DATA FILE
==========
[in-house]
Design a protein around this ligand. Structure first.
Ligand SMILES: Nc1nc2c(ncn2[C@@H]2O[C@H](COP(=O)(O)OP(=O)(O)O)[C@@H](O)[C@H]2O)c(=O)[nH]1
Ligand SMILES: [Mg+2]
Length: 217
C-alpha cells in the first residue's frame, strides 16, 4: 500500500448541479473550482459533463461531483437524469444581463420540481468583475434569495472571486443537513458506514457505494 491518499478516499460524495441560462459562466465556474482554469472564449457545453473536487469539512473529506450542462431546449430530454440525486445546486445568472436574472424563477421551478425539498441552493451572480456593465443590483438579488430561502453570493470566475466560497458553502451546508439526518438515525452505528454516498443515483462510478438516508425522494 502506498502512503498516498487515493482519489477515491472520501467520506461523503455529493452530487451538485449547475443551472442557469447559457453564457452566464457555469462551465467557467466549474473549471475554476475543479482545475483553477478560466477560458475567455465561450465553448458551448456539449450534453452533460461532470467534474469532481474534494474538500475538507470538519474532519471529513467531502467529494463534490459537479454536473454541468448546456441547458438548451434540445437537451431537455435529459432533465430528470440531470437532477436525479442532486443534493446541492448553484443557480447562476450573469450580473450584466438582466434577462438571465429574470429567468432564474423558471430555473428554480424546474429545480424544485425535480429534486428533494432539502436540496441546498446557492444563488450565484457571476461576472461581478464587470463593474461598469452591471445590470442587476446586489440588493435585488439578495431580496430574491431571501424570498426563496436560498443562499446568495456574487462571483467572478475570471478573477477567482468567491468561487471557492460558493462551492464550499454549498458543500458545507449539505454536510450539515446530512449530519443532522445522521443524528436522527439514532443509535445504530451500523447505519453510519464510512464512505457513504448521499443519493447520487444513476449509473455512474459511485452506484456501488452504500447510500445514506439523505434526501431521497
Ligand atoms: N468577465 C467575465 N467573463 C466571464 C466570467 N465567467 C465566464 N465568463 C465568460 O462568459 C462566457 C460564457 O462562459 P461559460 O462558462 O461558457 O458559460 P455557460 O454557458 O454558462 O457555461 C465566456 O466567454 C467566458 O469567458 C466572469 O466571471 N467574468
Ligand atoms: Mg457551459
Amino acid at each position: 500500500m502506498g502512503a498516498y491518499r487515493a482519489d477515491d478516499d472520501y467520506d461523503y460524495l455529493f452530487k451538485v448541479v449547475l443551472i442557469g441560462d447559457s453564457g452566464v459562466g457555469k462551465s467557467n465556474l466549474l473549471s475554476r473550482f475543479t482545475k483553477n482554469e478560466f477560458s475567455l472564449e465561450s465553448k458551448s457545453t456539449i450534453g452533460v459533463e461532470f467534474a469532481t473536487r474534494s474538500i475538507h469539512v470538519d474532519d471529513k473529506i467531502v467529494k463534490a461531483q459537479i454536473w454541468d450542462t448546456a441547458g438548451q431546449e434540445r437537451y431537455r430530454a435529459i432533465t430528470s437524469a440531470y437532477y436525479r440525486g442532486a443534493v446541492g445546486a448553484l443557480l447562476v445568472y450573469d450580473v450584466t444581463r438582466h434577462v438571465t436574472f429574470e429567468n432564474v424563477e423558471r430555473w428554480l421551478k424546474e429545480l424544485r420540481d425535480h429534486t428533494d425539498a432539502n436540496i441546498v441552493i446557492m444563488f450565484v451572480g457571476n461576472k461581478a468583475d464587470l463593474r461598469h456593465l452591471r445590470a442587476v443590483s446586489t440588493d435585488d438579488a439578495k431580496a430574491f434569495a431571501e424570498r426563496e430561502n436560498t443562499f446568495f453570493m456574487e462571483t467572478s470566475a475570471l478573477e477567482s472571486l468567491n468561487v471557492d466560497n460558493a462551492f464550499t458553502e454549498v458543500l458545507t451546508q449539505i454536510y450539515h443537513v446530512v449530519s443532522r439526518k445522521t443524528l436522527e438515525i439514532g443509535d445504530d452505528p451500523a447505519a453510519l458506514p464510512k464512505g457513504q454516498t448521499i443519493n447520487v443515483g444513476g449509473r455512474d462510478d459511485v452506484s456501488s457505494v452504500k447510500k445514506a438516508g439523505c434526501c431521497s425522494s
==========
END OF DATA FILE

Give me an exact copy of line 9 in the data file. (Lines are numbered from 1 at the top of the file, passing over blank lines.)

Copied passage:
Amino acid at each position: 500500500m502506498g502512503a498516498y491518499r487515493a482519489d477515491d478516499d472520501y467520506d461523503y460524495l455529493f452530487k451538485v448541479v449547475l443551472i442557469g441560462d447559457s453564457g452566464v459562466g457555469k462551465s467557467n465556474l466549474l473549471s475554476r473550482f475543479t482545475k483553477n482554469e478560466f477560458s475567455l472564449e465561450s465553448k458551448s457545453t456539449i450534453g452533460v459533463e461532470f467534474a469532481t473536487r474534494s474538500i475538507h469539512v470538519d474532519d471529513k473529506i467531502v467529494k463534490a461531483q459537479i454536473w454541468d450542462t448546456a441547458g438548451q431546449e434540445r437537451y431537455r430530454a435529459i432533465t430528470s437524469a440531470y437532477y436525479r440525486g442532486a443534493v446541492g445546486a448553484l443557480l447562476v445568472y450573469d450580473v450584466t444581463r438582466h434577462v438571465t436574472f429574470e429567468n432564474v424563477e423558471r430555473w428554480l421551478k424546474e429545480l424544485r420540481d425535480h429534486t428533494d425539498a432539502n436540496i441546498v441552493i446557492m444563488f450565484v451572480g457571476n461576472k461581478a468583475d464587470l463593474r461598469h456593465l452591471r445590470a442587476v443590483s446586489t440588493d435585488d438579488a439578495k431580496a430574491f434569495a431571501e424570498r426563496e430561502n436560498t443562499f446568495f453570493m456574487e462571483t467572478s470566475a475570471l478573477e477567482s472571486l468567491n468561487v471557492d466560497n460558493a462551492f464550499t458553502e454549498v458543500l458545507t451546508q449539505i454536510y450539515h443537513v446530512v449530519s443532522r439526518k445522521t443524528l436522527e438515525i439514532g443509535d445504530d452505528p451500523a447505519a453510519l458506514p464510512k464512505g457513504q454516498t448521499i443519493n447520487v443515483g444513476g449509473r455512474d462510478d459511485v452506484s456501488s457505494v452504500k447510500k445514506a438516508g439523505c434526501c431521497s425522494s